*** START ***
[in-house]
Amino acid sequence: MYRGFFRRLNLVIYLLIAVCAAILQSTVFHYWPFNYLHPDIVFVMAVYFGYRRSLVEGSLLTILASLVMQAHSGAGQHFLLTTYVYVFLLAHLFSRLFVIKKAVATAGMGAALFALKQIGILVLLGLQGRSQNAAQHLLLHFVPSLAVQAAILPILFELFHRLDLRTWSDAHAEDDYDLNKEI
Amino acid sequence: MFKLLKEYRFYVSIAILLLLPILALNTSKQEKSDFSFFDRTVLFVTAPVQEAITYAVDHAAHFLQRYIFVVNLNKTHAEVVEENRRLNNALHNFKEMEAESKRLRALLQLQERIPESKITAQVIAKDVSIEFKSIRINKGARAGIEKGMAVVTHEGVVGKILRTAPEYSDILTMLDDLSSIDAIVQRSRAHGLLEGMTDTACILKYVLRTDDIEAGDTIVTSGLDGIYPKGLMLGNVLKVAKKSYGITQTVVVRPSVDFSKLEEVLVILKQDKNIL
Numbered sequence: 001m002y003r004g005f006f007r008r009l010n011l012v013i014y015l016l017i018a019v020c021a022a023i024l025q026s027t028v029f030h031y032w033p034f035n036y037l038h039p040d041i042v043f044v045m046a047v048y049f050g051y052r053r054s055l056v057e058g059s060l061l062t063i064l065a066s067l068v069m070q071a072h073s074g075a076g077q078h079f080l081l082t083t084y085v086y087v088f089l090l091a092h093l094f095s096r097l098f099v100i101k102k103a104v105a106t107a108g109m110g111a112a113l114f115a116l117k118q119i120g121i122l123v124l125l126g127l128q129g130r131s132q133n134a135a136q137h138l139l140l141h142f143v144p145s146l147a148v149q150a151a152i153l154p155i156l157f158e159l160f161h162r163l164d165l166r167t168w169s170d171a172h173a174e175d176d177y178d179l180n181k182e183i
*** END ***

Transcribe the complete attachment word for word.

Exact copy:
[in-house]
Amino acid sequence: MYRGFFRRLNLVIYLLIAVCAAILQSTVFHYWPFNYLHPDIVFVMAVYFGYRRSLVEGSLLTILASLVMQAHSGAGQHFLLTTYVYVFLLAHLFSRLFVIKKAVATAGMGAALFALKQIGILVLLGLQGRSQNAAQHLLLHFVPSLAVQAAILPILFELFHRLDLRTWSDAHAEDDYDLNKEI
Amino acid sequence: MFKLLKEYRFYVSIAILLLLPILALNTSKQEKSDFSFFDRTVLFVTAPVQEAITYAVDHAAHFLQRYIFVVNLNKTHAEVVEENRRLNNALHNFKEMEAESKRLRALLQLQERIPESKITAQVIAKDVSIEFKSIRINKGARAGIEKGMAVVTHEGVVGKILRTAPEYSDILTMLDDLSSIDAIVQRSRAHGLLEGMTDTACILKYVLRTDDIEAGDTIVTSGLDGIYPKGLMLGNVLKVAKKSYGITQTVVVRPSVDFSKLEEVLVILKQDKNIL
Numbered sequence: 001m002y003r004g005f006f007r008r009l010n011l012v013i014y015l016l017i018a019v020c021a022a023i024l025q026s027t028v029f030h031y032w033p034f035n036y037l038h039p040d041i042v043f044v045m046a047v048y049f050g051y052r053r054s055l056v057e058g059s060l061l062t063i064l065a066s067l068v069m070q071a072h073s074g075a076g077q078h079f080l081l082t083t084y085v086y087v088f089l090l091a092h093l094f095s096r097l098f099v100i101k102k103a104v105a106t107a108g109m110g111a112a113l114f115a116l117k118q119i120g121i122l123v124l125l126g127l128q129g130r131s132q133n134a135a136q137h138l139l140l141h142f143v144p145s146l147a148v149q150a151a152i153l154p155i156l157f158e159l160f161h162r163l164d165l166r167t168w169s170d171a172h173a174e175d176d177y178d179l180n181k182e183i